Somewhere along the way – I’m not sure when – Easter has become about sweet little fluffy bunnies, brightly colored eggs, chocolate and springtime. And while some of those things probably have their roots in spiritual things….or we can at least derive spiritual meaning from them, they’re not what Easter is about.
Easter is gory and painful. It’s bloody and tragic. Easter is about questions and confusion. Easter is about loss and betrayal – about loneliness and heartache. Easter is sorrow and suffering. And, then – only then – is it redemptive and glorious.
In our rush to get to the glory of the empty tomb, we sidestep the biggest piece of the story.
Imagine the disciples fear as they watched as Jesus was arrested. Jesus, the one whom they’d followed, the one whom they’d left their livelihoods for – was dragged away by the Roman guards, at night time, with their one time friend, Judas, leading the way! What confusion! What fear!
Imagine the panic of Peter when he was connected to Jesus and the acrid taste of bitterness on his tongue when that rooster crowed.
Imagine the anguish of Mary Magdalene as she watched her Savior – the only one who’d seen her and not what she’d done – bloodied and beaten beyond all recognition.
Imagine the immense sorrow of Mary, the mother of Jesus. Yes, she’d known along who her son was. She knew what the prophets said and she knew this day was coming. Still – she was a mother and that man in agony was the baby that she’d felt move with in her. He’d nursed at her breast. He was the one who she drilled the Torah into at the dinner table. She’d calmed his fears, dried his tears, and held him close. And now, she watched in helpless horror as her boy was cruelly murdered.
Imagine Simon of Cyrene who was accosted and made to carry a criminal’s cross. When he looked into the eyes of Jesus, did he know that Jesus was no criminal? Was he haunted by that look of love? The one that said, “I’m doing this for you.”
Imagine Joseph – a “secret” disciple who gave his tomb for Jesus to be buried in. Did he wish he hadn’t been so secret? Did he live with the regret of “if only?”
And John. What about John? The beloved one. The one charged with the responsibility to take care of Mary. Did he feel guilt that his Savior was dying in his place? Did he wish he’d had more time to learn from the Master?
And, those are just some of the major players that we know about. I wonder if the brothers of Jesus felt guilt because they’d refused to believe their brother’s claims. I wonder about all the people that Jesus had healed who knew that was every bit the God he claimed to be. Think about all the people at the feeding of the 5,000 and the 4,000. How many of them felt that hope and light was dying right along with Jesus?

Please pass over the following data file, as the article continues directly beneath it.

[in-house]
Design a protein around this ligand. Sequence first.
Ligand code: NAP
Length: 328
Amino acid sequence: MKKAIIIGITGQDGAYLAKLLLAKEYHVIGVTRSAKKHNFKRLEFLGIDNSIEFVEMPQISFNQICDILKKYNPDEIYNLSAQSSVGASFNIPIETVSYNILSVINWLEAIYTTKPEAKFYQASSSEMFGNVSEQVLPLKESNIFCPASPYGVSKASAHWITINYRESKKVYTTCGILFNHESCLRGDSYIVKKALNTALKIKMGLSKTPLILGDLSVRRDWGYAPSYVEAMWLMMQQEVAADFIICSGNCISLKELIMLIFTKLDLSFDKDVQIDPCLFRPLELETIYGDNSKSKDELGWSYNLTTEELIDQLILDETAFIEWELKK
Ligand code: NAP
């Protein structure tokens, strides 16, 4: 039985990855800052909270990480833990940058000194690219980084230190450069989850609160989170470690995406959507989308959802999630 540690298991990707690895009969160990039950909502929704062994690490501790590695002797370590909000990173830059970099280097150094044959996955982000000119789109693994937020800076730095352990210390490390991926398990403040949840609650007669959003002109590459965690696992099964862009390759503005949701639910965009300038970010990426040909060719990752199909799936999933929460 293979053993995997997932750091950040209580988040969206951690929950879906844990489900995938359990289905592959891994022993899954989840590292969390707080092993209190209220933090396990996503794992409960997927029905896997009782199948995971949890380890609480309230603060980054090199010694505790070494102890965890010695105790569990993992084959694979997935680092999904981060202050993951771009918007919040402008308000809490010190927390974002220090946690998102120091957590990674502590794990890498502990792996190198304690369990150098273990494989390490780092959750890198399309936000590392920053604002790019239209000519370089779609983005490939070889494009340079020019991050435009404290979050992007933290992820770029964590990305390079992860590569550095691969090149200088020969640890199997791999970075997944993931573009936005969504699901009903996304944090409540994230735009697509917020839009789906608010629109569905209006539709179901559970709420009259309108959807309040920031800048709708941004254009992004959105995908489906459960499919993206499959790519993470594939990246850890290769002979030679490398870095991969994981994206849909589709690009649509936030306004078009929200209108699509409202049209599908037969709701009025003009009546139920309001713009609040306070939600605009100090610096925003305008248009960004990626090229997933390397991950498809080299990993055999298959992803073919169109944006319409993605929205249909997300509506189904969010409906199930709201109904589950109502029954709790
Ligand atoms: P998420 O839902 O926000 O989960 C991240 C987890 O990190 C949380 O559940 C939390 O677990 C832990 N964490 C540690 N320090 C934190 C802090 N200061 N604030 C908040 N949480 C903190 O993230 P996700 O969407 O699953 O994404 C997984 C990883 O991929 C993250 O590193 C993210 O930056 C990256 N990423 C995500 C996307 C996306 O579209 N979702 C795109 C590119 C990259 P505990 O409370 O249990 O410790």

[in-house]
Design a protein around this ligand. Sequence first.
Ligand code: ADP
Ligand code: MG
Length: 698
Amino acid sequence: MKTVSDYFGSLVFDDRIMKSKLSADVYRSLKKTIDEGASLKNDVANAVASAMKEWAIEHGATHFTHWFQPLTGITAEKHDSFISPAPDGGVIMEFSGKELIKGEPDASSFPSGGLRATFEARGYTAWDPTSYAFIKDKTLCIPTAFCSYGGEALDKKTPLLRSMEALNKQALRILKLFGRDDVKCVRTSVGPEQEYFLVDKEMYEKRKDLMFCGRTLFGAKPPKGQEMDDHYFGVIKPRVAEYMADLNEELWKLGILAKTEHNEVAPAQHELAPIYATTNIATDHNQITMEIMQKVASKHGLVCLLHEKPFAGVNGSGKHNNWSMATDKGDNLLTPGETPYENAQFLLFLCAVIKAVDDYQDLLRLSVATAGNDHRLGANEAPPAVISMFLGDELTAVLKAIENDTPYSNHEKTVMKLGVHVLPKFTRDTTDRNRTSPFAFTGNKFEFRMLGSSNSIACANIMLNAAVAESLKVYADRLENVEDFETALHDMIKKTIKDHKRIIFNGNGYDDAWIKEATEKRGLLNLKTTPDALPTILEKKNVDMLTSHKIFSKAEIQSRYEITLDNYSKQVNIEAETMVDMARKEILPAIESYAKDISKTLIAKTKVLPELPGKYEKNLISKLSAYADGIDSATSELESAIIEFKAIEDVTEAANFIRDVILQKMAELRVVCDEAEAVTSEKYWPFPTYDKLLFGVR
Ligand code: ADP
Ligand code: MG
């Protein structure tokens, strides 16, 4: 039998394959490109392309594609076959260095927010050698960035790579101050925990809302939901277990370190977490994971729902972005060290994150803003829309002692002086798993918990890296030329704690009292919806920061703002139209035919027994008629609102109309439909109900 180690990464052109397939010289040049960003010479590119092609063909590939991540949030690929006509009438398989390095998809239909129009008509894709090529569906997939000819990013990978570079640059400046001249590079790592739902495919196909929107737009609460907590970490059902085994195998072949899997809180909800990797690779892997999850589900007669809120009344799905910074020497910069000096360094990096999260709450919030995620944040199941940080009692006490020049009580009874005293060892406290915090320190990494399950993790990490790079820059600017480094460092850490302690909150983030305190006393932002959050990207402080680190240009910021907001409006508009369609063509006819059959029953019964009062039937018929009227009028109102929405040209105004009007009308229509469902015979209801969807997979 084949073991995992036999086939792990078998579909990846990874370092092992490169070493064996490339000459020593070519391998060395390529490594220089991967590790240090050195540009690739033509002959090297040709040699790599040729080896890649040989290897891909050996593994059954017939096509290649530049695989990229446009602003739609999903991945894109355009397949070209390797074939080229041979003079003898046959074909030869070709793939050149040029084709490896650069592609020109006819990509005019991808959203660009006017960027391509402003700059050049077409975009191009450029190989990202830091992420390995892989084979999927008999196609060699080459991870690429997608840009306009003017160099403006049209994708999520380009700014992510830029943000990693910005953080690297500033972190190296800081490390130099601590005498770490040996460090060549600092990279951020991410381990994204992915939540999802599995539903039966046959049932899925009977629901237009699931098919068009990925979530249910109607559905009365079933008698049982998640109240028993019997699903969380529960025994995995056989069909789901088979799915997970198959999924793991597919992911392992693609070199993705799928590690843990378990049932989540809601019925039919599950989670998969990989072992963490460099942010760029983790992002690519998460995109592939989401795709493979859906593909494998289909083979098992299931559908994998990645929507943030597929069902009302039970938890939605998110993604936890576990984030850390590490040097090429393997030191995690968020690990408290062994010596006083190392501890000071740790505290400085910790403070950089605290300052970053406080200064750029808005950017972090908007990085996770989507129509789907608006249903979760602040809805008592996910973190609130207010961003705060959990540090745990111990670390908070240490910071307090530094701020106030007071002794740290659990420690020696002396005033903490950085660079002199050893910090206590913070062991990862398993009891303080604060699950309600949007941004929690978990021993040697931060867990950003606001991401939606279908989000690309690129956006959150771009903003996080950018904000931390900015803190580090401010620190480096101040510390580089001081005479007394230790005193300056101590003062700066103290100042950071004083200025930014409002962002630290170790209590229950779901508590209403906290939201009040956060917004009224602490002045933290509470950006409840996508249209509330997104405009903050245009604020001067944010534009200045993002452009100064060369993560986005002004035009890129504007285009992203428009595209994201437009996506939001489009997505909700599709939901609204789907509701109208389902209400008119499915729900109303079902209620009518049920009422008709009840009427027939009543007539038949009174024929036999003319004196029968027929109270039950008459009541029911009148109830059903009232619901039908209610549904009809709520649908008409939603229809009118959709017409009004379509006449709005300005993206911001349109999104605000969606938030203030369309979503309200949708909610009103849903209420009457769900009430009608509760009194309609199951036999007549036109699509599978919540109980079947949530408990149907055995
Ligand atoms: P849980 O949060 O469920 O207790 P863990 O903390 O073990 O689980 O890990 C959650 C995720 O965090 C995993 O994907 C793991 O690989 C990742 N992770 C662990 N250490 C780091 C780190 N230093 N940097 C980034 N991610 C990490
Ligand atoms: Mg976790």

Then came Saturday. For Jesus’ family, friends, and followers it was the first time he’d ever be silent in their lives. I’ve been there – the day after someone you love dearly dies and has been buried. You wake up and for the first millisecond, you don’t remember the horror or tragedy or loss. Your brain lets you believe that it’s all a bad dream – for a split second in time. Then you look around, realize it’s not a bad dream and the sad settles into every part of your soul. You long for the power to change the past, to rewind, to not feel. Grief is a trap that you can’t break free from; a panic that gropes for the breath within you.
Some of them probably thought it was over for good and Jesus was gone. Others probably replayed conversations in their mind about death, resurrection, temples and all the other times that it seemed that Jesus was talking in riddles. Could it be that he wouldn’t stay in the tomb? But, with every passing hour he stayed in that grave hope slipped away and people that loved Jesus and whom he dearly loved grew more desperate for answers.
Have you been there, my friend? Are you there? Is it Friday when the tragedy, the sorrow has settled into every part of your soul? Is it Saturday when the waiting is agonizing and you really don’t think you can breathe – or wait – one more second? I have been stuck on Friday for many long dark nights. Even now, I’m in the Saturday of my soul, waiting for the answers I long for. Asking, if please, You could just fix this thing and make it better.
Friday and Saturday are miserable. There’s no doubt about it. But, here’s the thing; the sorrow of those two days make the glory of Sunday so much more sweet! Without Friday and Saturday, they never would have seen Jesus has the resurrected Son of God. Without Peter’s anguish and redemption, the church would have never been birthed. Without Friday and Saturday, Jesus would have just been a guy who told some really good stories and did some pretty cool stuff. Victory without defeat is not possible!
Yes, my friend, Friday and Saturday are long, horrible days. But Sunday is coming!